Disruption of GRIN2B Impairs Differentiation in Human Neurons

Scott Bell, Gilles Maussion, Malvin Jefri, Huashan Peng, Jean Francois Theroux, Heika Silveira, Vincent Soubannier, Hanrong Wu, Peng Hu, Ekaterina Galat, S. Gabriela Torres-Platas, Camille Boudreau-Pinsonneault, Liam A. O'Leary, Vasiliy Galat, Gustavo Turecki, Thomas M. Durcan, Edward A. Fon, Naguib Mechawar, Carl Ernst*

*Corresponding author for this work

Research output: Contribution to journalArticlepeer-review

15 Scopus citations


Heterozygous loss-of-function mutations in GRIN2B, a subunit of the NMDA receptor, cause intellectual disability and language impairment. We developed clonal models of GRIN2B deletion and loss-of-function mutations in a region coding for the glutamate binding domain in human cells and generated neurons from a patient harboring a missense mutation in the same domain. Transcriptome analysis revealed extensive increases in genes associated with cell proliferation and decreases in genes associated with neuron differentiation, a result supported by extensive protein analyses. Using electrophysiology and calcium imaging, we demonstrate that NMDA receptors are present on neural progenitor cells and that human mutations in GRIN2B can impair calcium influx and membrane depolarization even in a presumed undifferentiated cell state, highlighting an important role for non-synaptic NMDA receptors. It may be this function, in part, which underlies the neurological disease observed in patients with GRIN2B mutations. Mutations in GRIN2B cause intellectual disability and language impairments. In this study, Bell and colleagues engineer mutations in GRIN2B and repair a patient missense mutation to show an important role for GRIN2B and non-synaptic NMDA receptors in differentiating neural stem cells.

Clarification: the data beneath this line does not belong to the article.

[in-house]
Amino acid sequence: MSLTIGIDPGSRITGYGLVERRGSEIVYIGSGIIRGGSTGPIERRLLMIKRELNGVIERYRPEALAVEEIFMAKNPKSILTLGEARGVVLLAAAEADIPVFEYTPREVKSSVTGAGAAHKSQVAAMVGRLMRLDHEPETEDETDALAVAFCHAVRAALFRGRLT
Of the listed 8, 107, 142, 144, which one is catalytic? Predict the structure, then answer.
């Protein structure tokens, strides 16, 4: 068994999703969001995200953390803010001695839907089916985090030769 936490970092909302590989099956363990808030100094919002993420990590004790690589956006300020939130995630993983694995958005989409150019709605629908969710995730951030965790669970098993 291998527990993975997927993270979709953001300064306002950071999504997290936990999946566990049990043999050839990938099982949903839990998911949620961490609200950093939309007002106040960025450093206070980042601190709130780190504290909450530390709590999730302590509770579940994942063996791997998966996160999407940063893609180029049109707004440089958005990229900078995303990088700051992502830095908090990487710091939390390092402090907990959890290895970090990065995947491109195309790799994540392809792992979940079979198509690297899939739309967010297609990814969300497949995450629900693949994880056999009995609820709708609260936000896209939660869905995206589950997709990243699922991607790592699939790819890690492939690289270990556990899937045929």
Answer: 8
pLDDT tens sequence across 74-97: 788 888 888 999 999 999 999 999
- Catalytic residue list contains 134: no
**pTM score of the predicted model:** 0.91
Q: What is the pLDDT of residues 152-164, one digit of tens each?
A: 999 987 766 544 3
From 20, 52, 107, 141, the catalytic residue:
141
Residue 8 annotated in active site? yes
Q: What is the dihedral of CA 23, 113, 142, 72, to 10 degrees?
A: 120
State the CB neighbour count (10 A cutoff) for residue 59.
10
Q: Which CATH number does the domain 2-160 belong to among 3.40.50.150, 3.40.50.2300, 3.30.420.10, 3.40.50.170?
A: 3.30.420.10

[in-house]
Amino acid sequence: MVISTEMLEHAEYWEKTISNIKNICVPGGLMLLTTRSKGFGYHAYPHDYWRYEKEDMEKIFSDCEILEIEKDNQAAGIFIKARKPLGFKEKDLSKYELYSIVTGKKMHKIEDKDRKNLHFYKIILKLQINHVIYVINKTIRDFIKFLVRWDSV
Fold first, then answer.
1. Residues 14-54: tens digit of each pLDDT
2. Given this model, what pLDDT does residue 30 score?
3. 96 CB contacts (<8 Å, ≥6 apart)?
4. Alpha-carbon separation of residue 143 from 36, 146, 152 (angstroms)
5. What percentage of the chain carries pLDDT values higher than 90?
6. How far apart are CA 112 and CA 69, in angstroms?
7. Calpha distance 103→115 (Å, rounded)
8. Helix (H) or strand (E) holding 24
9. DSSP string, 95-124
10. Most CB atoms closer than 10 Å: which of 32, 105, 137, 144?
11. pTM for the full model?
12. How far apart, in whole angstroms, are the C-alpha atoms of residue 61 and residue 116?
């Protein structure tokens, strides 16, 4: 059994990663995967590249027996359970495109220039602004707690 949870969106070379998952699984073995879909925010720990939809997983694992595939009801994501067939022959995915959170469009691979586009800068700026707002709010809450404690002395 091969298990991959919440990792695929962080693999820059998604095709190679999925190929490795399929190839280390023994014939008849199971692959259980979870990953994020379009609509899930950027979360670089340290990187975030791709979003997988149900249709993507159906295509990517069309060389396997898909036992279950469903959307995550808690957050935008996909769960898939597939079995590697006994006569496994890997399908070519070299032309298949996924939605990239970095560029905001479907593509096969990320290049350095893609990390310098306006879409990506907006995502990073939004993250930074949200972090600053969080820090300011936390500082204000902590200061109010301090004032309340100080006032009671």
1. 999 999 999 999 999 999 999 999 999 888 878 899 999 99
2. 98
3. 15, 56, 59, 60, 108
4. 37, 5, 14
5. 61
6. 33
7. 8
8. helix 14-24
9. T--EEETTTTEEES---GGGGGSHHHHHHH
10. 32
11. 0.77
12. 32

Original languageEnglish (US)
Pages (from-to)183-196
Number of pages14
JournalStem cell reports
Issue number1
StatePublished - Jul 10 2018


  • CRISPR-Cas9
  • GRIN2B
  • NMDA
  • NPCs
  • glutamate
  • iPSCs
  • neural stem cell
  • neurodevelopment

ASJC Scopus subject areas

  • Biochemistry
  • Genetics
  • Developmental Biology
  • Cell Biology

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